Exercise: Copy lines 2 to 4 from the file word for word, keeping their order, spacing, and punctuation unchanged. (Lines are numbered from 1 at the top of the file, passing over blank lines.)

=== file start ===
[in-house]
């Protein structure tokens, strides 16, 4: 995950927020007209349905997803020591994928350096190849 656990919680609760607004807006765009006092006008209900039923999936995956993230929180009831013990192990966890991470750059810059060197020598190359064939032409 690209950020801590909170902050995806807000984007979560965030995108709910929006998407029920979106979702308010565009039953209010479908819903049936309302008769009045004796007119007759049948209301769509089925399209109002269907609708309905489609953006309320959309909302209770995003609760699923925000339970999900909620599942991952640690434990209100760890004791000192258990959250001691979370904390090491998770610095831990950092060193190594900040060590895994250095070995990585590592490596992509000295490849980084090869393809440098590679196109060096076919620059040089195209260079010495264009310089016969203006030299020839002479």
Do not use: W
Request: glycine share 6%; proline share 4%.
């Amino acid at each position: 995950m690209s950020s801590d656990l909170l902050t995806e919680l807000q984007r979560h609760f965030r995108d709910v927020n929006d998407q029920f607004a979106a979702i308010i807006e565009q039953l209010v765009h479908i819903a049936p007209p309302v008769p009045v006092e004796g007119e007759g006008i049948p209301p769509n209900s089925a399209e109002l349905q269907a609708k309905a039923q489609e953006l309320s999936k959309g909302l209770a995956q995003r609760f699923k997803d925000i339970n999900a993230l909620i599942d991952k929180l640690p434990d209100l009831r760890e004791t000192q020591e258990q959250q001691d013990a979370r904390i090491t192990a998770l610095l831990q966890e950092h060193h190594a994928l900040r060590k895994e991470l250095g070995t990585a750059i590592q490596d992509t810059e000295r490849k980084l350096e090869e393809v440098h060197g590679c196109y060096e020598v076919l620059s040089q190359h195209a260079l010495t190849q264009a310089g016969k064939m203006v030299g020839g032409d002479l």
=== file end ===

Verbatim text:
């Protein structure tokens, strides 16, 4: 995950927020007209349905997803020591994928350096190849 656990919680609760607004807006765009006092006008209900039923999936995956993230929180009831013990192990966890991470750059810059060197020598190359064939032409 690209950020801590909170902050995806807000984007979560965030995108709910929006998407029920979106979702308010565009039953209010479908819903049936309302008769009045004796007119007759049948209301769509089925399209109002269907609708309905489609953006309320959309909302209770995003609760699923925000339970999900909620599942991952640690434990209100760890004791000192258990959250001691979370904390090491998770610095831990950092060193190594900040060590895994250095070995990585590592490596992509000295490849980084090869393809440098590679196109060096076919620059040089195209260079010495264009310089016969203006030299020839002479």
Do not use: W
Request: glycine share 6%; proline share 4%.